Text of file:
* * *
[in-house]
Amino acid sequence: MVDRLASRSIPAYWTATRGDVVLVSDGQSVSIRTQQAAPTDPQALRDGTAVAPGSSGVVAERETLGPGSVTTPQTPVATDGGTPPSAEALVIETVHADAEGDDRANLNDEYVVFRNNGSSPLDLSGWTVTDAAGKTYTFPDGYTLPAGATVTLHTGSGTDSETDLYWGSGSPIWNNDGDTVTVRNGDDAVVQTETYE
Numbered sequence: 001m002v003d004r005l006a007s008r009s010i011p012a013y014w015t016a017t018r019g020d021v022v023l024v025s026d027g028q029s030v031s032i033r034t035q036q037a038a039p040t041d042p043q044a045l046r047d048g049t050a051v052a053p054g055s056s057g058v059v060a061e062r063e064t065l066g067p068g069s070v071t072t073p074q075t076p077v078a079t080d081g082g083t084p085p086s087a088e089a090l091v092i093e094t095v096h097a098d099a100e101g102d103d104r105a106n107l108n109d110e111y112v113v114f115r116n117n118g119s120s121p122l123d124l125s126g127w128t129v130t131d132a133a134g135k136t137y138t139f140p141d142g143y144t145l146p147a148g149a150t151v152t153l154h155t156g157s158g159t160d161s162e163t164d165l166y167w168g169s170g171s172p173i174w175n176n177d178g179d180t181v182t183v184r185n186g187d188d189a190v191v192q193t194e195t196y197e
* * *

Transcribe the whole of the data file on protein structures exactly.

[in-house]
Amino acid sequence: MVDRLASRSIPAYWTATRGDVVLVSDGQSVSIRTQQAAPTDPQALRDGTAVAPGSSGVVAERETLGPGSVTTPQTPVATDGGTPPSAEALVIETVHADAEGDDRANLNDEYVVFRNNGSSPLDLSGWTVTDAAGKTYTFPDGYTLPAGATVTLHTGSGTDSETDLYWGSGSPIWNNDGDTVTVRNGDDAVVQTETYE
Numbered sequence: 001m002v003d004r005l006a007s008r009s010i011p012a013y014w015t016a017t018r019g020d021v022v023l024v025s026d027g028q029s030v031s032i033r034t035q036q037a038a039p040t041d042p043q044a045l046r047d048g049t050a051v052a053p054g055s056s057g058v059v060a061e062r063e064t065l066g067p068g069s070v071t072t073p074q075t076p077v078a079t080d081g082g083t084p085p086s087a088e089a090l091v092i093e094t095v096h097a098d099a100e101g102d103d104r105a106n107l108n109d110e111y112v113v114f115r116n117n118g119s120s121p122l123d124l125s126g127w128t129v130t131d132a133a134g135k136t137y138t139f140p141d142g143y144t145l146p147a148g149a150t151v152t153l154h155t156g157s158g159t160d161s162e163t164d165l166y167w168g169s170g171s172p173i174w175n176n177d178g179d180t181v182t183v184r185n186g187d188d189a190v191v192q193t194e195t196y197e